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NWT chapter opposes silica mining near Chedabucto Lake

The Council of Canadians Northwest Territories chapter has written a letter to the Wek’eezhii Land and Water Board to ask it not to grant a five-year land use permit to Husky Oil to carry out exploratory drilling for silica in the Chedabucto Lake area on the North Arm of Great Slave Lake.

The silica would be mined about 50 kilometres west of Yellowknife for the purpose of fracking in the NWT and possibly in other areas of western Canada. Silica is a hard mineral substance used to prop open underground fractures during the fracking process to enable the gas or oil to be released.

The letter from NWT chapter activist Peter Redvers highlights a number of concerns about this permit application.

He notes, “The North Arm remains a pristine landscape with clean water; abundant fish populations; a variety of wildlife, including migratory birds, moose, and boreal caribou, which is a threatened species under NWT Species at Risk legislation. …This exploratory program is the beginning phase of a development process that could fundamentally damage, in perpetuity, large sections of the land.”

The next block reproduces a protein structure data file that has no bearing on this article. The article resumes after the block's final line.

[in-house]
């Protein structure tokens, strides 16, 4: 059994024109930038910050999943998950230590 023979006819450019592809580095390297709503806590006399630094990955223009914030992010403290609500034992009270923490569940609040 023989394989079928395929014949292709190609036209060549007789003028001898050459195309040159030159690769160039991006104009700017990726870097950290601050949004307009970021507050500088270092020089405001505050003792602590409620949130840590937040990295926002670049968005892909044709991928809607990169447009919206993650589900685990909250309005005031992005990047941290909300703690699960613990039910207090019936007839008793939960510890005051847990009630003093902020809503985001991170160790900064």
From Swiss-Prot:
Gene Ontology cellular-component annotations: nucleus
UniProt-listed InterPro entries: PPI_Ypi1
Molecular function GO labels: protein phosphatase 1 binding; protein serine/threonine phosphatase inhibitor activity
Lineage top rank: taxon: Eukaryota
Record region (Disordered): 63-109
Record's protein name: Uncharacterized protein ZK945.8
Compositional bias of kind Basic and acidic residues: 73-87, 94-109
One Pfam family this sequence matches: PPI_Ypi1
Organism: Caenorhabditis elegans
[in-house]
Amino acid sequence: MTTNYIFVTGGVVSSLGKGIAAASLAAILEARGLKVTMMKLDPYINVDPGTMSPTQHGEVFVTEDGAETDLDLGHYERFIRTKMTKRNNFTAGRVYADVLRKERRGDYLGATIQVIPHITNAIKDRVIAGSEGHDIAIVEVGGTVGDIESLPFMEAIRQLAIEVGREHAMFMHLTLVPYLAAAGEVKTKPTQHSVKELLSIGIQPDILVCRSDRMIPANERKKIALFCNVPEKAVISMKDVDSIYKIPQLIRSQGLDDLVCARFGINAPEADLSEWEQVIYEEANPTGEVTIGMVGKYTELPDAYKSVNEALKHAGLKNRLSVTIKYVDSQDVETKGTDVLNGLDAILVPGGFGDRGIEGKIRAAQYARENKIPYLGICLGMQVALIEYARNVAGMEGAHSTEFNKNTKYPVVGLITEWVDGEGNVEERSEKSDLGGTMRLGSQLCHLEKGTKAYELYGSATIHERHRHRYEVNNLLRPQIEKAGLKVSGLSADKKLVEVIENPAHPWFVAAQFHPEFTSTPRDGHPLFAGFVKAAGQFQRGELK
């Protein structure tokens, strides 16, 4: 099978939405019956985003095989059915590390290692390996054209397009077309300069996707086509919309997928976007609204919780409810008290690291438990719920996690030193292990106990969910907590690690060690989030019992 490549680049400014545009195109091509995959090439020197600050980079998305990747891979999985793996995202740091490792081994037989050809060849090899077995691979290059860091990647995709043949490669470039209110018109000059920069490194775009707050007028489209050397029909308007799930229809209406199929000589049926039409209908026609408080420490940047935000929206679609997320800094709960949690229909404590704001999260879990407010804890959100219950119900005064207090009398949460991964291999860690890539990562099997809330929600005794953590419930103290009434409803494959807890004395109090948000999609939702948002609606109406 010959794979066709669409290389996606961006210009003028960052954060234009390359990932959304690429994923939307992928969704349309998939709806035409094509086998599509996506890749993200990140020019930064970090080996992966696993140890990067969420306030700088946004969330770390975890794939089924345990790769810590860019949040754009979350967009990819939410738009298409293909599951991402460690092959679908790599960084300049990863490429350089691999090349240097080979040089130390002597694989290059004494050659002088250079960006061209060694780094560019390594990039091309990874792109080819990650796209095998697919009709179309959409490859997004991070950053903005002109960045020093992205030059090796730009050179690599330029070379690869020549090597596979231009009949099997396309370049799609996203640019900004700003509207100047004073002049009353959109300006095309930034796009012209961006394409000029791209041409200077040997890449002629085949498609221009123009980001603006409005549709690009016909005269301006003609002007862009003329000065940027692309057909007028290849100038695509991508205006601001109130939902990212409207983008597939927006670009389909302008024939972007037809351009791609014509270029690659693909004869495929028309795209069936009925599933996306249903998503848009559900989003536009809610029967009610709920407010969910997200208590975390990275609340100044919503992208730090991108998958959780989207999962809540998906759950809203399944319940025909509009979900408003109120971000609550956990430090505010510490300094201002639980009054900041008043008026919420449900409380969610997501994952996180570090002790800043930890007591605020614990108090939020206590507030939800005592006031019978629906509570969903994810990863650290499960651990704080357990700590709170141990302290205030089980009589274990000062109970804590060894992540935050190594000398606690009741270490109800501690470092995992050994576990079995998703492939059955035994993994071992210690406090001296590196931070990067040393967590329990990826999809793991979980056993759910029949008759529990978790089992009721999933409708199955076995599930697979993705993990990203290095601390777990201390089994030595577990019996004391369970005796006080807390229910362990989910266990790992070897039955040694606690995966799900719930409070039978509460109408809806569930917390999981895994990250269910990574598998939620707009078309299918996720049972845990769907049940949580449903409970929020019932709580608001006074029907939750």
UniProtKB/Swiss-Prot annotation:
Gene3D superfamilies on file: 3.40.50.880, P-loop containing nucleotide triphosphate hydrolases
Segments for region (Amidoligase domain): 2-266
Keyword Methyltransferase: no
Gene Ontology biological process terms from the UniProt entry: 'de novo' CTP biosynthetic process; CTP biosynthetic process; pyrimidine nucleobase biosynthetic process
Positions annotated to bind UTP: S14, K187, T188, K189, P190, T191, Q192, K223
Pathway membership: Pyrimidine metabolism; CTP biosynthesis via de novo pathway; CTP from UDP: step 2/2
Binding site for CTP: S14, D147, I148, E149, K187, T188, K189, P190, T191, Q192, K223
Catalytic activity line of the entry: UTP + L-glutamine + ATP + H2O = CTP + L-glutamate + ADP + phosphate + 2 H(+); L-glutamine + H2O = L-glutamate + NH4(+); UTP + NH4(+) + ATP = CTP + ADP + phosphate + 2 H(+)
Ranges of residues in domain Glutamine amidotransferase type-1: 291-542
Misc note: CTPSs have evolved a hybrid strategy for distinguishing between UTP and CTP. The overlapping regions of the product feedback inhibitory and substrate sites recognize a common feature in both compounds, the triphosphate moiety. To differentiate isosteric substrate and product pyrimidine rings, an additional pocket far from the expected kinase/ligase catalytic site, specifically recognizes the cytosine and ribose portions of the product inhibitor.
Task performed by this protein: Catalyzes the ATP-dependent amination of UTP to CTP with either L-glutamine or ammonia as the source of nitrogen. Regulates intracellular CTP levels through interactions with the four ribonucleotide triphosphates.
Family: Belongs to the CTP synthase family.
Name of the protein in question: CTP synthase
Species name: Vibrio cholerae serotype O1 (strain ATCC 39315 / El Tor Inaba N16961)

Redvers adds, “Although CoC NWT does not formally represent Indigenous interests, it knows that the North Arm is a traditional hunting, fishing, and gathering area for Aboriginal peoples throughout the North Slave region. An industrial mining operation will interfere with traditional travel and harvesting activities and damage wildlife habitat.”

And he highlights, “Damaging a pristine environment to access a known health hazard to support a controversial and unproven oil extraction process that will significantly contribute to increased greenhouse gas emissions and freshwater loss makes no sense.”

The chapter asks the Board to refer Husky Oil’s application to an environmental assessment.

Husky wants to begin its exploratory drilling near Chedabucto Lake this March or April.

Further reading
WIN! Husky withdraws its fracking application in the NWT (May 2014 blog)
NWT chapter calls for environmental assessment of Husky fracking proposal (April 2014 blog)